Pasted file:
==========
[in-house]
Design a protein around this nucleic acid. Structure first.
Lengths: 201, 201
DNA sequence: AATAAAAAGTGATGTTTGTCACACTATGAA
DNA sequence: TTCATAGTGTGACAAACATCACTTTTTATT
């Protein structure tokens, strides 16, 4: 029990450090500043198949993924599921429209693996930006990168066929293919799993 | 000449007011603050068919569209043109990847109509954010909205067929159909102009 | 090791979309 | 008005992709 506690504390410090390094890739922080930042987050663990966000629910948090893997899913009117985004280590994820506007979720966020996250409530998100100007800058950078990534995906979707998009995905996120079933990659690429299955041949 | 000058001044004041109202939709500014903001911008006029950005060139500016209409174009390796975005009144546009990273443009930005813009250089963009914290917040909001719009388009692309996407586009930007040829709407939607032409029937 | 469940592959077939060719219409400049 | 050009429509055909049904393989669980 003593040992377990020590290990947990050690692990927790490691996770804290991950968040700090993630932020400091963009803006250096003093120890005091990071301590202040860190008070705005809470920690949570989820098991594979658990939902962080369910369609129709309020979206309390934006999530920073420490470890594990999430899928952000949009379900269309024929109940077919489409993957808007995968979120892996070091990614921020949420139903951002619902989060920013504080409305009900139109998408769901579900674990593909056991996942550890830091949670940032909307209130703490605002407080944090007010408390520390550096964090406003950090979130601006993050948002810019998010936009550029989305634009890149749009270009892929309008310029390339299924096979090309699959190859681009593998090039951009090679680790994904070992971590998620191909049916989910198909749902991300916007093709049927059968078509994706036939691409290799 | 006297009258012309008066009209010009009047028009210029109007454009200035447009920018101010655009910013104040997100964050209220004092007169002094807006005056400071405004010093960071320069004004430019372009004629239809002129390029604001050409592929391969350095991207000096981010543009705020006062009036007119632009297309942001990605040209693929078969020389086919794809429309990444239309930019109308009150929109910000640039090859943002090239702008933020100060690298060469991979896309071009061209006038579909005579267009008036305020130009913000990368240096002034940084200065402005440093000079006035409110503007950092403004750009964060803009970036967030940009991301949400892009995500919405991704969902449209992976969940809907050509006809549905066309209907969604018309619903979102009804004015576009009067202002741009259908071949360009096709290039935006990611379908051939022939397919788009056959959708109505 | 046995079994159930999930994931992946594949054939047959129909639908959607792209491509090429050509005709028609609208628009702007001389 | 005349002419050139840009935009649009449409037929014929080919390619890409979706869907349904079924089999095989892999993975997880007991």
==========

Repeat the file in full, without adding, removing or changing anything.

[in-house]
Design a protein around this nucleic acid. Structure first.
Lengths: 201, 201
DNA sequence: AATAAAAAGTGATGTTTGTCACACTATGAA
DNA sequence: TTCATAGTGTGACAAACATCACTTTTTATT
């Protein structure tokens, strides 16, 4: 029990450090500043198949993924599921429209693996930006990168066929293919799993 | 000449007011603050068919569209043109990847109509954010909205067929159909102009 | 090791979309 | 008005992709 506690504390410090390094890739922080930042987050663990966000629910948090893997899913009117985004280590994820506007979720966020996250409530998100100007800058950078990534995906979707998009995905996120079933990659690429299955041949 | 000058001044004041109202939709500014903001911008006029950005060139500016209409174009390796975005009144546009990273443009930005813009250089963009914290917040909001719009388009692309996407586009930007040829709407939607032409029937 | 469940592959077939060719219409400049 | 050009429509055909049904393989669980 003593040992377990020590290990947990050690692990927790490691996770804290991950968040700090993630932020400091963009803006250096003093120890005091990071301590202040860190008070705005809470920690949570989820098991594979658990939902962080369910369609129709309020979206309390934006999530920073420490470890594990999430899928952000949009379900269309024929109940077919489409993957808007995968979120892996070091990614921020949420139903951002619902989060920013504080409305009900139109998408769901579900674990593909056991996942550890830091949670940032909307209130703490605002407080944090007010408390520390550096964090406003950090979130601006993050948002810019998010936009550029989305634009890149749009270009892929309008310029390339299924096979090309699959190859681009593998090039951009090679680790994904070992971590998620191909049916989910198909749902991300916007093709049927059968078509994706036939691409290799 | 006297009258012309008066009209010009009047028009210029109007454009200035447009920018101010655009910013104040997100964050209220004092007169002094807006005056400071405004010093960071320069004004430019372009004629239809002129390029604001050409592929391969350095991207000096981010543009705020006062009036007119632009297309942001990605040209693929078969020389086919794809429309990444239309930019109308009150929109910000640039090859943002090239702008933020100060690298060469991979896309071009061209006038579909005579267009008036305020130009913000990368240096002034940084200065402005440093000079006035409110503007950092403004750009964060803009970036967030940009991301949400892009995500919405991704969902449209992976969940809907050509006809549905066309209907969604018309619903979102009804004015576009009067202002741009259908071949360009096709290039935006990611379908051939022939397919788009056959959708109505 | 046995079994159930999930994931992946594949054939047959129909639908959607792209491509090429050509005709028609609208628009702007001389 | 005349002419050139840009935009649009449409037929014929080919390619890409979706869907349904079924089999095989892999993975997880007991």